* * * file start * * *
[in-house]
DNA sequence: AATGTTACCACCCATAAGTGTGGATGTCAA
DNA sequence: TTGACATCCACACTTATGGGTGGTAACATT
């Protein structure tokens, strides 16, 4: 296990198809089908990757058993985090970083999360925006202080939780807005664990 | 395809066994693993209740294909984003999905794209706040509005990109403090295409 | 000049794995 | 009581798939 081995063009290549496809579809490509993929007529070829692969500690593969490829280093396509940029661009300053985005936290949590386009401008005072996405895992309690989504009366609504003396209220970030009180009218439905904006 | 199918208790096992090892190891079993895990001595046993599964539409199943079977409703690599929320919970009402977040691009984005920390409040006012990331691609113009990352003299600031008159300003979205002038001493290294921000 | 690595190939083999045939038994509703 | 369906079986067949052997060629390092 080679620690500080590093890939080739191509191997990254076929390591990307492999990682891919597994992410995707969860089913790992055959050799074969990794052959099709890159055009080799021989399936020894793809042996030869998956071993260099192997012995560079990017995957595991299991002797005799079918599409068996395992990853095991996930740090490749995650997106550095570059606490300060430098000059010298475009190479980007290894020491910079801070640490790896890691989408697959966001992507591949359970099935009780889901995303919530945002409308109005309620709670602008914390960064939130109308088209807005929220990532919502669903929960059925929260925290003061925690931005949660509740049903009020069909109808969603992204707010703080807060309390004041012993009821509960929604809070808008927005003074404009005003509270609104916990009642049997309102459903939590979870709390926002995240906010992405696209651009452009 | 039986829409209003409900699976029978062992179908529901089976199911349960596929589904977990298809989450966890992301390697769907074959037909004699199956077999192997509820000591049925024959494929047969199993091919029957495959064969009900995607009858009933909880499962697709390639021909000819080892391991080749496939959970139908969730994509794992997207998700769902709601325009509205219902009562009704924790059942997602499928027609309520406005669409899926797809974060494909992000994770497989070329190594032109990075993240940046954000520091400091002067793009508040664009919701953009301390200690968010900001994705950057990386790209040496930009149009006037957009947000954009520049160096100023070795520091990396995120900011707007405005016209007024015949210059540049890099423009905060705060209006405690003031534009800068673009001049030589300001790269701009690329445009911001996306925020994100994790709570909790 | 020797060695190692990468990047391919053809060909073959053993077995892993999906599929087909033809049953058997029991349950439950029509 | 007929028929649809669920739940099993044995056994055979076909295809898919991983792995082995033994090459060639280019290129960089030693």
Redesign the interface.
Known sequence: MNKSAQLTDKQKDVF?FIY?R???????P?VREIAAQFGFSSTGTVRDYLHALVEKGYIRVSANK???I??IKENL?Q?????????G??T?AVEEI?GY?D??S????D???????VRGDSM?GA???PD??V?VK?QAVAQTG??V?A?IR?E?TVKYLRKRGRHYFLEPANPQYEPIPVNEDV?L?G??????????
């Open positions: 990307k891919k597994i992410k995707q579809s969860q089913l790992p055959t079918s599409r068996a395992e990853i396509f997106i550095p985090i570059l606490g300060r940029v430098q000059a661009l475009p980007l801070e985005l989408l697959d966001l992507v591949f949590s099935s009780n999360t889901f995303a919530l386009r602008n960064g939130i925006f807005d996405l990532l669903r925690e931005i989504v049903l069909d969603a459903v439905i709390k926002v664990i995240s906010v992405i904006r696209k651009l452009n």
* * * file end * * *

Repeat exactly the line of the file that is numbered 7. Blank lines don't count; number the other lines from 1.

């Open positions: 990307k891919k597994i992410k995707q579809s969860q089913l790992p055959t079918s599409r068996a395992e990853i396509f997106i550095p985090i570059l606490g300060r940029v430098q000059a661009l475009p980007l801070e985005l989408l697959d966001l992507v591949f949590s099935s009780n999360t889901f995303a919530l386009r602008n960064g939130i925006f807005d996405l990532l669903r925690e931005i989504v049903l069909d969603a459903v439905i709390k926002v664990i995240s906010v992405i904006r696209k651009l452009n």